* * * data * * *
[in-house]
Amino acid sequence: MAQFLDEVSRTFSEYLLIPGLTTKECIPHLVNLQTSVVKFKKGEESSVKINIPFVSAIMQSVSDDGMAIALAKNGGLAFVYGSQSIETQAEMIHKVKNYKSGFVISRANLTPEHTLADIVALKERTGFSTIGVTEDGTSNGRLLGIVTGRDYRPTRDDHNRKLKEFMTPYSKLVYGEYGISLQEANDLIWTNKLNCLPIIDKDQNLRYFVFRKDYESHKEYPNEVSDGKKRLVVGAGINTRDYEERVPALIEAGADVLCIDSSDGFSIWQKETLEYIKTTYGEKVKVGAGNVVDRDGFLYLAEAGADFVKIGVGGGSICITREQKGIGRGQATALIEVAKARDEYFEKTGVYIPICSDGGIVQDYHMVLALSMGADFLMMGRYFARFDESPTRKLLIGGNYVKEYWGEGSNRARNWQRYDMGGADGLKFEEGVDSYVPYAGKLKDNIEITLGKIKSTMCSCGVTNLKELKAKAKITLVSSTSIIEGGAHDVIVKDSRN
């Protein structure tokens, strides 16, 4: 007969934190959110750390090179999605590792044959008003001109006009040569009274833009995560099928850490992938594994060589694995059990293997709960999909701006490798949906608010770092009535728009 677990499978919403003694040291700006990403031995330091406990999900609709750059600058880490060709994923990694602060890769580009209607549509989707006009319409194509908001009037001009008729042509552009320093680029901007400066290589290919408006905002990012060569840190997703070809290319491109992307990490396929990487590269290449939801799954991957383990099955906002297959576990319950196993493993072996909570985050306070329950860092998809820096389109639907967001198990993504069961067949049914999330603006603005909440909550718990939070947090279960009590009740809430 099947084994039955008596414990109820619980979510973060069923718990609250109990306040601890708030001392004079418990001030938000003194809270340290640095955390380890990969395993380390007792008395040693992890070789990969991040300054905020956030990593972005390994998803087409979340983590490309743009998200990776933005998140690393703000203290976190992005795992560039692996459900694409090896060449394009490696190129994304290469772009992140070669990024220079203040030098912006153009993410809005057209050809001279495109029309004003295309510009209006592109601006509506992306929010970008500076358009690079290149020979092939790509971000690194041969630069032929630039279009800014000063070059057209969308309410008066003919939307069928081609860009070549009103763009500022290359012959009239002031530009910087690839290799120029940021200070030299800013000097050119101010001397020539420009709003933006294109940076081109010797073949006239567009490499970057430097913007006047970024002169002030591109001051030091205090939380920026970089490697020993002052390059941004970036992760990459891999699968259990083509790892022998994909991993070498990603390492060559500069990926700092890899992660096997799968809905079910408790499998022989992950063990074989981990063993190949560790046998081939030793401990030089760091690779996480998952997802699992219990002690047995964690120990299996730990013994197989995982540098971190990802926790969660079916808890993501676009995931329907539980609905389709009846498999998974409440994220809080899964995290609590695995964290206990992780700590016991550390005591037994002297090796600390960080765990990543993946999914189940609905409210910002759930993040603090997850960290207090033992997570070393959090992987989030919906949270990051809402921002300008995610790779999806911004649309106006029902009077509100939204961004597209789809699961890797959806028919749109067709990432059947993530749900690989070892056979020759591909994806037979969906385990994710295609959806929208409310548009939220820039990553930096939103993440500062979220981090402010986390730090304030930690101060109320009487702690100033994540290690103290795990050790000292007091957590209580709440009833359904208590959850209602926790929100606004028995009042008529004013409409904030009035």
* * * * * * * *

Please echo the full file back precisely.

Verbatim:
[in-house]
Amino acid sequence: MAQFLDEVSRTFSEYLLIPGLTTKECIPHLVNLQTSVVKFKKGEESSVKINIPFVSAIMQSVSDDGMAIALAKNGGLAFVYGSQSIETQAEMIHKVKNYKSGFVISRANLTPEHTLADIVALKERTGFSTIGVTEDGTSNGRLLGIVTGRDYRPTRDDHNRKLKEFMTPYSKLVYGEYGISLQEANDLIWTNKLNCLPIIDKDQNLRYFVFRKDYESHKEYPNEVSDGKKRLVVGAGINTRDYEERVPALIEAGADVLCIDSSDGFSIWQKETLEYIKTTYGEKVKVGAGNVVDRDGFLYLAEAGADFVKIGVGGGSICITREQKGIGRGQATALIEVAKARDEYFEKTGVYIPICSDGGIVQDYHMVLALSMGADFLMMGRYFARFDESPTRKLLIGGNYVKEYWGEGSNRARNWQRYDMGGADGLKFEEGVDSYVPYAGKLKDNIEITLGKIKSTMCSCGVTNLKELKAKAKITLVSSTSIIEGGAHDVIVKDSRN
């Protein structure tokens, strides 16, 4: 007969934190959110750390090179999605590792044959008003001109006009040569009274833009995560099928850490992938594994060589694995059990293997709960999909701006490798949906608010770092009535728009 677990499978919403003694040291700006990403031995330091406990999900609709750059600058880490060709994923990694602060890769580009209607549509989707006009319409194509908001009037001009008729042509552009320093680029901007400066290589290919408006905002990012060569840190997703070809290319491109992307990490396929990487590269290449939801799954991957383990099955906002297959576990319950196993493993072996909570985050306070329950860092998809820096389109639907967001198990993504069961067949049914999330603006603005909440909550718990939070947090279960009590009740809430 099947084994039955008596414990109820619980979510973060069923718990609250109990306040601890708030001392004079418990001030938000003194809270340290640095955390380890990969395993380390007792008395040693992890070789990969991040300054905020956030990593972005390994998803087409979340983590490309743009998200990776933005998140690393703000203290976190992005795992560039692996459900694409090896060449394009490696190129994304290469772009992140070669990024220079203040030098912006153009993410809005057209050809001279495109029309004003295309510009209006592109601006509506992306929010970008500076358009690079290149020979092939790509971000690194041969630069032929630039279009800014000063070059057209969308309410008066003919939307069928081609860009070549009103763009500022290359012959009239002031530009910087690839290799120029940021200070030299800013000097050119101010001397020539420009709003933006294109940076081109010797073949006239567009490499970057430097913007006047970024002169002030591109001051030091205090939380920026970089490697020993002052390059941004970036992760990459891999699968259990083509790892022998994909991993070498990603390492060559500069990926700092890899992660096997799968809905079910408790499998022989992950063990074989981990063993190949560790046998081939030793401990030089760091690779996480998952997802699992219990002690047995964690120990299996730990013994197989995982540098971190990802926790969660079916808890993501676009995931329907539980609905389709009846498999998974409440994220809080899964995290609590695995964290206990992780700590016991550390005591037994002297090796600390960080765990990543993946999914189940609905409210910002759930993040603090997850960290207090033992997570070393959090992987989030919906949270990051809402921002300008995610790779999806911004649309106006029902009077509100939204961004597209789809699961890797959806028919749109067709990432059947993530749900690989070892056979020759591909994806037979969906385990994710295609959806929208409310548009939220820039990553930096939103993440500062979220981090402010986390730090304030930690101060109320009487702690100033994540290690103290795990050790000292007091957590209580709440009833359904208590959850209602926790929100606004028995009042008529004013409409904030009035």